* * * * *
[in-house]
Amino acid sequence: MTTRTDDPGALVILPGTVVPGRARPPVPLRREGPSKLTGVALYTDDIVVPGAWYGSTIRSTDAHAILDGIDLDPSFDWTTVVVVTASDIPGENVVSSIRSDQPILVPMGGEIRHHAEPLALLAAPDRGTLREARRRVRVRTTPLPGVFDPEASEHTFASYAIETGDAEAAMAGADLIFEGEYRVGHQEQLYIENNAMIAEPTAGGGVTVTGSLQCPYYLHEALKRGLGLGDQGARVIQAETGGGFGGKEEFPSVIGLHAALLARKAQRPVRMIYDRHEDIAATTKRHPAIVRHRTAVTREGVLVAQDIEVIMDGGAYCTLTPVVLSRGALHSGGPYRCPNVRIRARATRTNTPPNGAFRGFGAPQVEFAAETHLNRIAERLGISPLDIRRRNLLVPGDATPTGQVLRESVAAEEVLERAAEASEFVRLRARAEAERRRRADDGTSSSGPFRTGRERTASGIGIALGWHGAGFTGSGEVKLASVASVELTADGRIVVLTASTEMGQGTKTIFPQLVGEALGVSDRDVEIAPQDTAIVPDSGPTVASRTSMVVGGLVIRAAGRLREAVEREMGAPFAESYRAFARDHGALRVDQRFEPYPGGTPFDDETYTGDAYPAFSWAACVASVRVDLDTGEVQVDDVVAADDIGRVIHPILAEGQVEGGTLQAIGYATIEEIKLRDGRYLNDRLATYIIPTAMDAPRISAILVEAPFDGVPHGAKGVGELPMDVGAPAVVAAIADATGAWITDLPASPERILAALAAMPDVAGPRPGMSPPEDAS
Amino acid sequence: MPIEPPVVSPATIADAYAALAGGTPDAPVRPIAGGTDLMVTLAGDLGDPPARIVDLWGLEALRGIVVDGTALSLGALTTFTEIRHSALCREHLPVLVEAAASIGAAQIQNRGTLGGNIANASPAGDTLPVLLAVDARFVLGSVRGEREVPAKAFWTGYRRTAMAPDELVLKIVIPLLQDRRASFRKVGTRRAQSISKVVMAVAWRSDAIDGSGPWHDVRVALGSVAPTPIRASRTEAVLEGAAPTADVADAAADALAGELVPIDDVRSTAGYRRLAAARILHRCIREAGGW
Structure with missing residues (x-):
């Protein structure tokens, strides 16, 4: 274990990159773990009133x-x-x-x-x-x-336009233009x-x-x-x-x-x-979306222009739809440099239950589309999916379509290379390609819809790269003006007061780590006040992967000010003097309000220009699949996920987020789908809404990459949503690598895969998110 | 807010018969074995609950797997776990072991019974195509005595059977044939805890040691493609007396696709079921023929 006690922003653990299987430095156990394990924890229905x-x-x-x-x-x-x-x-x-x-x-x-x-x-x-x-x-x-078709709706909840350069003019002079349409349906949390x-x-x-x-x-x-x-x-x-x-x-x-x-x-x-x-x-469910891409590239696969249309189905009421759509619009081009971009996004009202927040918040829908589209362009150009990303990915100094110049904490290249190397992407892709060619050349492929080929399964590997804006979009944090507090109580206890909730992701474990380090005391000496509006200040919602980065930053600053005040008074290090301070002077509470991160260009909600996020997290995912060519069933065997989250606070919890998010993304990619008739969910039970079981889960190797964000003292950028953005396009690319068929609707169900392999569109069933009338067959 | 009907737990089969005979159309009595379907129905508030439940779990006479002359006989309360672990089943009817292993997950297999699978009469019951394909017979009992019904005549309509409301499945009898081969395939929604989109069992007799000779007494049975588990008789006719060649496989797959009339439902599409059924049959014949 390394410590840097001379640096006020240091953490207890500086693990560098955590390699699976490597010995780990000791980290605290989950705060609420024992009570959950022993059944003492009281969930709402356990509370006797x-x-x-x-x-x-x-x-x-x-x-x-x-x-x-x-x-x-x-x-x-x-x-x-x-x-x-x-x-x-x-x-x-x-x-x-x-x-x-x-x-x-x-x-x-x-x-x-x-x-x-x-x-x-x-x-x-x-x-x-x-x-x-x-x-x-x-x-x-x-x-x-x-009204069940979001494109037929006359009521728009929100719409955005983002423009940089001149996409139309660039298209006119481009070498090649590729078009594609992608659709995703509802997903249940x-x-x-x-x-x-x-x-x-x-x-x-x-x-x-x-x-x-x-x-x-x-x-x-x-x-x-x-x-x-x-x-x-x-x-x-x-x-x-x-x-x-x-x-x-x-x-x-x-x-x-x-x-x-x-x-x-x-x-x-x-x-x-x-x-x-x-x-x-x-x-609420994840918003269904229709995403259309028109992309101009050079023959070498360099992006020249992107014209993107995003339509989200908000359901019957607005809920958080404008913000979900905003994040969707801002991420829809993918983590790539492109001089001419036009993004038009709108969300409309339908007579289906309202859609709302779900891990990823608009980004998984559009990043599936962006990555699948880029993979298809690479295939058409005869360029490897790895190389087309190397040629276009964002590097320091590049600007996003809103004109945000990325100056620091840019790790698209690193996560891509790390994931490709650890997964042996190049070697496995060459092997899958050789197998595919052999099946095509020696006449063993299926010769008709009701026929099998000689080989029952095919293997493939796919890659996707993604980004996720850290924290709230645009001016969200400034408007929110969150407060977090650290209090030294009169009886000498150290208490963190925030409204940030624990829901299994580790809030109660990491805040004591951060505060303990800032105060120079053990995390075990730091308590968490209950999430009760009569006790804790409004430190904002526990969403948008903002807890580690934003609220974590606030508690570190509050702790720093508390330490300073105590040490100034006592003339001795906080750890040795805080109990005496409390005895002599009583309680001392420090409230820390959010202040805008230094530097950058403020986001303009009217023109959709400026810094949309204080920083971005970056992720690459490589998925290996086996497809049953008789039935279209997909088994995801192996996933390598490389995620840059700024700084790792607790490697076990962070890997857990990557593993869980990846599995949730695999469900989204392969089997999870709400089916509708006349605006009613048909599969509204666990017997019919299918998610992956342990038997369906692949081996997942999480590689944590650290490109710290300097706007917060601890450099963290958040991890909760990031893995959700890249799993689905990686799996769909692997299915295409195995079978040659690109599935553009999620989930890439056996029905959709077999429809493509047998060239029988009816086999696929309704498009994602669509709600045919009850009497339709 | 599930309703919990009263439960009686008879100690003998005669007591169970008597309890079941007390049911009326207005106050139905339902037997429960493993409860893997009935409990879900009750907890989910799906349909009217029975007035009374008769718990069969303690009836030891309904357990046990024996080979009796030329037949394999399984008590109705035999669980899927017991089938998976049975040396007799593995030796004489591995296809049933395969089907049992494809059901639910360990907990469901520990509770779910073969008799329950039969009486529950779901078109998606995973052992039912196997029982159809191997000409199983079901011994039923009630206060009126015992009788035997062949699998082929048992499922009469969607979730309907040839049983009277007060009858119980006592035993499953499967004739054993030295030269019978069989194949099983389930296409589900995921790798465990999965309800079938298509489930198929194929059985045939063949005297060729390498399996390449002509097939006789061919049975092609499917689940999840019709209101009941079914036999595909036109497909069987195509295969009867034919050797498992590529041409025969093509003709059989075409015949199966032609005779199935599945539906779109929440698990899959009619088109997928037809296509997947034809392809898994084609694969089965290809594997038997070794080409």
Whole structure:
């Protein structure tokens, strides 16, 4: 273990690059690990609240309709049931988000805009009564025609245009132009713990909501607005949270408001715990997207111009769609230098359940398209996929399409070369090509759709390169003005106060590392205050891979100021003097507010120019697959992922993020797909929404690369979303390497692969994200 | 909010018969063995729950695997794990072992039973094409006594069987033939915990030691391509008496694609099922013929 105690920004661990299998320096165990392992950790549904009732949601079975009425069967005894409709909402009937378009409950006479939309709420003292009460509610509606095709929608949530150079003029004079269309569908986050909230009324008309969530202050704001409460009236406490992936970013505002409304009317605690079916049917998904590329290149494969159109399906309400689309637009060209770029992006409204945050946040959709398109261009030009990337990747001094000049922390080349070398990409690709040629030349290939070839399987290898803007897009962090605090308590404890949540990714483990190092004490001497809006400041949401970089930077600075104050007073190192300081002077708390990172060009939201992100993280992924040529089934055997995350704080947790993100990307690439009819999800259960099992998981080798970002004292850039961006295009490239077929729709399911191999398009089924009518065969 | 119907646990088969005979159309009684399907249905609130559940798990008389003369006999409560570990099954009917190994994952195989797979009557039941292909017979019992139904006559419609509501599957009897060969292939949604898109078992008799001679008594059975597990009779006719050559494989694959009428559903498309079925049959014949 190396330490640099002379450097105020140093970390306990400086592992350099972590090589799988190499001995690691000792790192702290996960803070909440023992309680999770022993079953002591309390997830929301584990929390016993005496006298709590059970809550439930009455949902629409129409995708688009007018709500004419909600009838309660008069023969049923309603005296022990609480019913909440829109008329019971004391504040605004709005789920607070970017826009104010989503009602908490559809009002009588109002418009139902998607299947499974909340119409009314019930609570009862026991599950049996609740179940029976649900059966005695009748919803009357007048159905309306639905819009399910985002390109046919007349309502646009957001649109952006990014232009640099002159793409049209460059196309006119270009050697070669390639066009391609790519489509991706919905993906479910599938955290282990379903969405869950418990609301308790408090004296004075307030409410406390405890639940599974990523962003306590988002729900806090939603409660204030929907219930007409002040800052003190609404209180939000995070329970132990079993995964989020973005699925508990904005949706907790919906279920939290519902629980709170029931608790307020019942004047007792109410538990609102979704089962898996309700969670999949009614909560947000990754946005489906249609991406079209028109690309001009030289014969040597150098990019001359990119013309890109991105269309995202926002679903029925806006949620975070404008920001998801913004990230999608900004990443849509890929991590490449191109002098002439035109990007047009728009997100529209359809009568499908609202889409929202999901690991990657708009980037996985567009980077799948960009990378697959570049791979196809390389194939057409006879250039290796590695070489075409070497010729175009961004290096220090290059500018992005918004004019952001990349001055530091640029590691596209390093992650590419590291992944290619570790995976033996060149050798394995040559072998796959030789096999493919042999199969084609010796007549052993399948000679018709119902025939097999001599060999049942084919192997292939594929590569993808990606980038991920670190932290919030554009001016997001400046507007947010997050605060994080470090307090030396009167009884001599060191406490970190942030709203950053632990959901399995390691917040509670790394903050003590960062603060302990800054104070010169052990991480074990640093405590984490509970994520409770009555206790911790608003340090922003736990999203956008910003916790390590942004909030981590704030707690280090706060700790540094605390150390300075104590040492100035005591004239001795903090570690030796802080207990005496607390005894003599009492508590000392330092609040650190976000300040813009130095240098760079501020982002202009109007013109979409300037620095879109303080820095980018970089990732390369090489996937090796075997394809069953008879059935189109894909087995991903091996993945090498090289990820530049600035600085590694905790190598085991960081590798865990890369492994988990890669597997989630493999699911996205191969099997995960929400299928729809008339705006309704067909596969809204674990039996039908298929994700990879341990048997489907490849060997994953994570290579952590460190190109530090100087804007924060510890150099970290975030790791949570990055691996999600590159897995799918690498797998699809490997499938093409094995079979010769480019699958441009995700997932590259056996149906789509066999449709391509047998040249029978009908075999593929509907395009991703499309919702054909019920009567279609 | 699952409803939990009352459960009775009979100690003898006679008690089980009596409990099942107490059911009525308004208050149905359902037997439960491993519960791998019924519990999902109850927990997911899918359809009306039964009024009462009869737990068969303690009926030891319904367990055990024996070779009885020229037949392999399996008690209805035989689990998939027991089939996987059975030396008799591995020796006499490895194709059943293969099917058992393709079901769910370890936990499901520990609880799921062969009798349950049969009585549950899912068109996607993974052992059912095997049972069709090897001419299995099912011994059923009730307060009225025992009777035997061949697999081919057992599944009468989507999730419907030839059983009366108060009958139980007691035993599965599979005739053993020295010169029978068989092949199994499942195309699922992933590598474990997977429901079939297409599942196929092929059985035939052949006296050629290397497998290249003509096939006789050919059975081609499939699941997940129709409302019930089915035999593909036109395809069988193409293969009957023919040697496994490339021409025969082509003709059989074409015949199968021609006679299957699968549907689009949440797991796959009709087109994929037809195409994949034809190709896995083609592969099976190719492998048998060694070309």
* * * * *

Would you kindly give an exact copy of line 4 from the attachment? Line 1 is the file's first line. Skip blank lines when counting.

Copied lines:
Structure with missing residues (x-):